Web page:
The most talked about Sci-Fi flick of 2014, Christopher Nolan’s Interstellar was an agglutination of stellar performances, videography and exquisite special effects. The visual effects were splendid and got undue applause and recognition; lately, it got nominated for the Oscar’s nomination.


A computer code dubbed Double Negative Gravitational Renderer (DNGR) was deftly used to generate myriad iconic images used in the movie. The technology was used to come up with peculiar surfaces or caustics, myriad images of individual stars, thin-bright plane of galaxies, nitty gritty about black holes. Camera were placed in a close up to a black hole that is spinning rapidly and how technology depicted that shadow of any black hole gets concentrated only on one edge!

Christopher Nolan Interstellar lures scientists with the implementation of DNGR

Special Effects Are Now A Step Forward

The images portray that the spinning black hole is incidentally dragging space, enabling the whirling motion that the space is actually facing and stretching caustics. It is a first time show on the silver screen, though not the first trial in the Hollywood’s tinsel town. Nolan and his team outclassed all and sundry – film makers, subordinates and special effects team in protracting their ideas pertaining to a black hole and how celestial bodies’ orbit looks like.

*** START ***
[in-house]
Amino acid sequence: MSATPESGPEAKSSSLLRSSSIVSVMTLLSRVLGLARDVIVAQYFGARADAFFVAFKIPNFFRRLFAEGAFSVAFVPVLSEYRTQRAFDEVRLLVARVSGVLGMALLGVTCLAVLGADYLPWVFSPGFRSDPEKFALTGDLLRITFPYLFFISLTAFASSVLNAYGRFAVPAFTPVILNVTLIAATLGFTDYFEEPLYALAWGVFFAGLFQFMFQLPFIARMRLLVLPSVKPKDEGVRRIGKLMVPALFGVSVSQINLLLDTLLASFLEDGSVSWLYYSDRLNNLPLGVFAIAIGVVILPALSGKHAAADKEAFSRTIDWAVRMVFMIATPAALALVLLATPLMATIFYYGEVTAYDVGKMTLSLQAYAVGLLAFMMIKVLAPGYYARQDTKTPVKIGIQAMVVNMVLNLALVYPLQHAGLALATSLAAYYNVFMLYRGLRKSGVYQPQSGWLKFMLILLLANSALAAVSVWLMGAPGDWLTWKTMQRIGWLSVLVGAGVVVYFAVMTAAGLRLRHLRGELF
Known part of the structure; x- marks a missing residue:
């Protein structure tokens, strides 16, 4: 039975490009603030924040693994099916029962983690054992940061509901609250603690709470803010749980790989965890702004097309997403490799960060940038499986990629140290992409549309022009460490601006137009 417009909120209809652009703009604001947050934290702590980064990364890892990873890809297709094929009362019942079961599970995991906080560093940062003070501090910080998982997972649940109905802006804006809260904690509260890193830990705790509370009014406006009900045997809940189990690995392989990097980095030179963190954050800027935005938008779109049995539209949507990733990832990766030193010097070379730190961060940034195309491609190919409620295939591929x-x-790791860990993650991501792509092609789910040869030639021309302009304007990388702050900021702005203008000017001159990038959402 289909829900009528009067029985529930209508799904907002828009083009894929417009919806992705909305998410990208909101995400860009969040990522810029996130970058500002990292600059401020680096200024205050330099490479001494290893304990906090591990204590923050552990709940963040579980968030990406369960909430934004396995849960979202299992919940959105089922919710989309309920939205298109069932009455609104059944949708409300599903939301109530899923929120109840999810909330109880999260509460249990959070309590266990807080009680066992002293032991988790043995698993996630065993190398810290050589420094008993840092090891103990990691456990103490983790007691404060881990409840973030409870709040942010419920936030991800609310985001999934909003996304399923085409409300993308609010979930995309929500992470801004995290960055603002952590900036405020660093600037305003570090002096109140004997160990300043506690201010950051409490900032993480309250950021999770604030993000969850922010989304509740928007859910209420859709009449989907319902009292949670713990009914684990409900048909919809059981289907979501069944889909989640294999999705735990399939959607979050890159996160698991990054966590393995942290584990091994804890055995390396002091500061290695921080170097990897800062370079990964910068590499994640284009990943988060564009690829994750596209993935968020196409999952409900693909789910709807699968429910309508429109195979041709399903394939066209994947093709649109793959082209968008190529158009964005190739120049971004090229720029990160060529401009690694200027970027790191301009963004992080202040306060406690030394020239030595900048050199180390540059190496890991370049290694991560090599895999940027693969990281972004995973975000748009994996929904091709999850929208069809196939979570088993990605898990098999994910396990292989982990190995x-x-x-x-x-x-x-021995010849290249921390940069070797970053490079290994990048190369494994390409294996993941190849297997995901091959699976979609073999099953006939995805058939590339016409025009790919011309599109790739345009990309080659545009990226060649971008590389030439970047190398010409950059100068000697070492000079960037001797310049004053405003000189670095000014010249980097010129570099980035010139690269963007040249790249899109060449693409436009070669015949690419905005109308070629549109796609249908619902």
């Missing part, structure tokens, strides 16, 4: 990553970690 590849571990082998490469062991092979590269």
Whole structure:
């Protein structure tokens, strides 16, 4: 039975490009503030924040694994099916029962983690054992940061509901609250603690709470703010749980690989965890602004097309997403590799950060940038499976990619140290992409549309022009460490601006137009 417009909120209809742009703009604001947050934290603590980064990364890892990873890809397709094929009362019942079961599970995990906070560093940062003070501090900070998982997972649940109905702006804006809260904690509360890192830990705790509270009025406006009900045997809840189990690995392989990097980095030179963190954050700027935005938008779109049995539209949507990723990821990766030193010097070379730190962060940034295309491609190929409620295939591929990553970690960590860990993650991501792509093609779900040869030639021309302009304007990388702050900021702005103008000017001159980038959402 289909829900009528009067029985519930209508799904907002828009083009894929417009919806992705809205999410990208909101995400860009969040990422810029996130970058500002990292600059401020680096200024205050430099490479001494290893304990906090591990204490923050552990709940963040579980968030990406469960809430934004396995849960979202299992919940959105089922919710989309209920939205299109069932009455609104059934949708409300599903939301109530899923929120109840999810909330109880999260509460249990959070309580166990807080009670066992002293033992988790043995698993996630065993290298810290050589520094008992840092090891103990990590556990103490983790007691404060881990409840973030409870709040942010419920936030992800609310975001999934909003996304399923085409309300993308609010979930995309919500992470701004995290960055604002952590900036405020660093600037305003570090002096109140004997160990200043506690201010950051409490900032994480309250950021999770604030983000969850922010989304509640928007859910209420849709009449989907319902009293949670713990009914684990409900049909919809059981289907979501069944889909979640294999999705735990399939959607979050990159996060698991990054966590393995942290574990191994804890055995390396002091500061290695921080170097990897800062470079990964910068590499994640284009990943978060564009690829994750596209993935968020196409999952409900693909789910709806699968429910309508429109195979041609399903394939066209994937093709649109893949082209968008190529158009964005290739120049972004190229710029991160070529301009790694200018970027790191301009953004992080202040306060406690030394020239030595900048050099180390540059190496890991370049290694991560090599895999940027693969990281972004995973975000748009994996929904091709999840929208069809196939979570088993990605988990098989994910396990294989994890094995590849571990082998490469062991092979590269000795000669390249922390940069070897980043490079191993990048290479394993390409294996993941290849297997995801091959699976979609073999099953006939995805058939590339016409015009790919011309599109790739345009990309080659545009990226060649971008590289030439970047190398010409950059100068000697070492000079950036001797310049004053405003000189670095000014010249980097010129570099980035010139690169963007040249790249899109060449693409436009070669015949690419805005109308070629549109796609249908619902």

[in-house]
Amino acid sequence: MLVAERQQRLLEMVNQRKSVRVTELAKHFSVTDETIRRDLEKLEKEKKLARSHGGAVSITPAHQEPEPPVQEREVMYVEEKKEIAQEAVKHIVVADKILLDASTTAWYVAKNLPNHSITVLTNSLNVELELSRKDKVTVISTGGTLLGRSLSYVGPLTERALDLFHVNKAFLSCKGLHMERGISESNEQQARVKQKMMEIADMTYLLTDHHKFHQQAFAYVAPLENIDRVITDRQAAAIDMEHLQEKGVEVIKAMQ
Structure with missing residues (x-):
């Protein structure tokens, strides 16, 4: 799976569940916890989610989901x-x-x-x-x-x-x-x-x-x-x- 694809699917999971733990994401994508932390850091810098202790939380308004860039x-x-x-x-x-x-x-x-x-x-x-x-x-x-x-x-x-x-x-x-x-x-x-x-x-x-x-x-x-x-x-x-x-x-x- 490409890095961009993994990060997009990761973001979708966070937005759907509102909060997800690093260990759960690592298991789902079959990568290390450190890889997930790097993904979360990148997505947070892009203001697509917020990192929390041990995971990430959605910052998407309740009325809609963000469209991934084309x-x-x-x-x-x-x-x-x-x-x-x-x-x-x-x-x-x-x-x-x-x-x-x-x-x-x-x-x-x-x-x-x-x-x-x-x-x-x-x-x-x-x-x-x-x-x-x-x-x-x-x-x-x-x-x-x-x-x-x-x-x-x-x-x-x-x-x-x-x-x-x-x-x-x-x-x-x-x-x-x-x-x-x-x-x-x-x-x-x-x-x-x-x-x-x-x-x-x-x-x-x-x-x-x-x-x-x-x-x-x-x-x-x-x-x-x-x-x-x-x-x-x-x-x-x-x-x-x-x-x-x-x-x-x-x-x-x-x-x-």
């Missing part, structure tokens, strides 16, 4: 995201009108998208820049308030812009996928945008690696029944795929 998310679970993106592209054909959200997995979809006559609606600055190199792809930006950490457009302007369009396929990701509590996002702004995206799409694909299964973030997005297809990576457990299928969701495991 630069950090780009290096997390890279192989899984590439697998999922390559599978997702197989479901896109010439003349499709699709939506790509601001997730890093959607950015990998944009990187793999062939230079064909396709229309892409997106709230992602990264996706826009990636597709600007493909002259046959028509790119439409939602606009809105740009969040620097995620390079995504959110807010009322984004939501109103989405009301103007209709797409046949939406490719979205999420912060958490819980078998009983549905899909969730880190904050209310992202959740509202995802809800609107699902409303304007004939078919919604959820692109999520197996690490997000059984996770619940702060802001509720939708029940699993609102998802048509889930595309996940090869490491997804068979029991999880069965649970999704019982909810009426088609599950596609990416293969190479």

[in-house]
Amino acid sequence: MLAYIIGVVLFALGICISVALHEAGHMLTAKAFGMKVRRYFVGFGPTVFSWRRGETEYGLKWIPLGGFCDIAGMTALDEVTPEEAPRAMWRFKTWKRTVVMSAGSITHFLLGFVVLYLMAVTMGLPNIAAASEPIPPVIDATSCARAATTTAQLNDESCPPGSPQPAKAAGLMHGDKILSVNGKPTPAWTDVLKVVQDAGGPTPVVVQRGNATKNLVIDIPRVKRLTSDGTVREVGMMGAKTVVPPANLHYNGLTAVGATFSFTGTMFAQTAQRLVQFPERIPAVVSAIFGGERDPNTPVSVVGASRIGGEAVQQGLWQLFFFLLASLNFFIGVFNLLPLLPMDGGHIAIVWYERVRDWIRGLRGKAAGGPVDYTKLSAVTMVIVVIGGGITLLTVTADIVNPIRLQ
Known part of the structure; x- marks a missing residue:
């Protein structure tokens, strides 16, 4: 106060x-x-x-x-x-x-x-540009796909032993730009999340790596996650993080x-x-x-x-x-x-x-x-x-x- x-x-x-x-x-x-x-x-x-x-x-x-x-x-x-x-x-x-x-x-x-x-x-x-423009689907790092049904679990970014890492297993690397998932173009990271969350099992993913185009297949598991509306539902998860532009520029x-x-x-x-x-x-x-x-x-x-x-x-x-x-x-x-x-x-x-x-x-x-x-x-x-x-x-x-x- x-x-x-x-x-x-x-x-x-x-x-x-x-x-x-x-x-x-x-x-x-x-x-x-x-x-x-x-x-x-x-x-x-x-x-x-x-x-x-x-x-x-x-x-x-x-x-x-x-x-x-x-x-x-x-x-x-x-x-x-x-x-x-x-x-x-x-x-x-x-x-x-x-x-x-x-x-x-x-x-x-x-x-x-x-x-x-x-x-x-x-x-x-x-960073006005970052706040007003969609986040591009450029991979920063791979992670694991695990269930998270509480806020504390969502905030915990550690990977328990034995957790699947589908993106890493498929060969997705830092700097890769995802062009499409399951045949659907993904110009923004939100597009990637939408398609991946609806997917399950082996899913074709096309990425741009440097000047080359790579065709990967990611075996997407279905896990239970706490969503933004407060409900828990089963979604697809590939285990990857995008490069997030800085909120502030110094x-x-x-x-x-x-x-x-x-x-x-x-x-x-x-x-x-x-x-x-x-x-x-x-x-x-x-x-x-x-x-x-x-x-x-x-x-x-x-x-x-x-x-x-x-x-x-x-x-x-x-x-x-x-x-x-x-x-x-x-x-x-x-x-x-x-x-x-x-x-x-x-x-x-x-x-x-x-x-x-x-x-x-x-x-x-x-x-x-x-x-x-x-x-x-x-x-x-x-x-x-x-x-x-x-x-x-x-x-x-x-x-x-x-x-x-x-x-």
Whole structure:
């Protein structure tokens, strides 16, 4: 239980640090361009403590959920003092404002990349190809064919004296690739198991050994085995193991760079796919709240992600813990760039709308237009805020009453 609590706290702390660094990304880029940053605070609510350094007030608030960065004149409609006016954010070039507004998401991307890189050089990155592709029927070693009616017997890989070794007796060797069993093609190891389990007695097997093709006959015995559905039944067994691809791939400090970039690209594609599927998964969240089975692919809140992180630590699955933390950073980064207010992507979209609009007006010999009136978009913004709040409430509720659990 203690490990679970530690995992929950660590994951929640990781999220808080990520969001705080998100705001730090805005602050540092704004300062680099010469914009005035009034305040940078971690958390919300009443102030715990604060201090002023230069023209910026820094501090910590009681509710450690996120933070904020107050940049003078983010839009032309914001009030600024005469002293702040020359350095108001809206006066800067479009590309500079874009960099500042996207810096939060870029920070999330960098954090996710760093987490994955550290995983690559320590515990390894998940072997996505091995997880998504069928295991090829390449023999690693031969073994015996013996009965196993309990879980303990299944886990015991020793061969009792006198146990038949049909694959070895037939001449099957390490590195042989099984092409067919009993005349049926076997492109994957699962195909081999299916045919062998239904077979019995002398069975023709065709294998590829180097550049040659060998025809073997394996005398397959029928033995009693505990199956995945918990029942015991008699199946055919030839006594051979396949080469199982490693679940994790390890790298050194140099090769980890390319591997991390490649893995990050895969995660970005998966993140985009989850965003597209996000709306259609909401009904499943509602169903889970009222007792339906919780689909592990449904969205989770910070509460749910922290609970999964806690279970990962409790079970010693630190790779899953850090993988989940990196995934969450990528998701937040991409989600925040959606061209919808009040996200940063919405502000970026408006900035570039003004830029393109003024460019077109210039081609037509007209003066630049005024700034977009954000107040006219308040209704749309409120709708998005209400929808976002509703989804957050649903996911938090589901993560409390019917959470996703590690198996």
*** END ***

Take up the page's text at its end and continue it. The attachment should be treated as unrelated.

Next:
Smoothness And Clarity With No Flickering

The movie projected unprecedented smoothness, and clarity of images of black hole Gargantua, worm hole and myriad of celestial objects. Nolan ensured that the images of the stars and the nebulae produced did not quite flicker or fade out, and hence the underlying computer code was changed to DNGR from tracing of individual path rays. Lo and behold, we have an exquisite result – a show that is a treat to our eyes!

Scientists Can Adopt DNGR

The technology adopted helped Interstellar scale heights of success and glitz. In real life, science is shown an ordained path, following which astrophysicists may study a myriad of phenomena occurring in space. The DNGR code can easily be adapted by scientists feels Oliver James, the co-author of Interstellar.

Thus, in near future, simulations and explorations using DNGR can take research to a new high, creating an anticipated paradigm shift, helping scientists to decode the universe and the black hole with undue diligence and exquisiteness.

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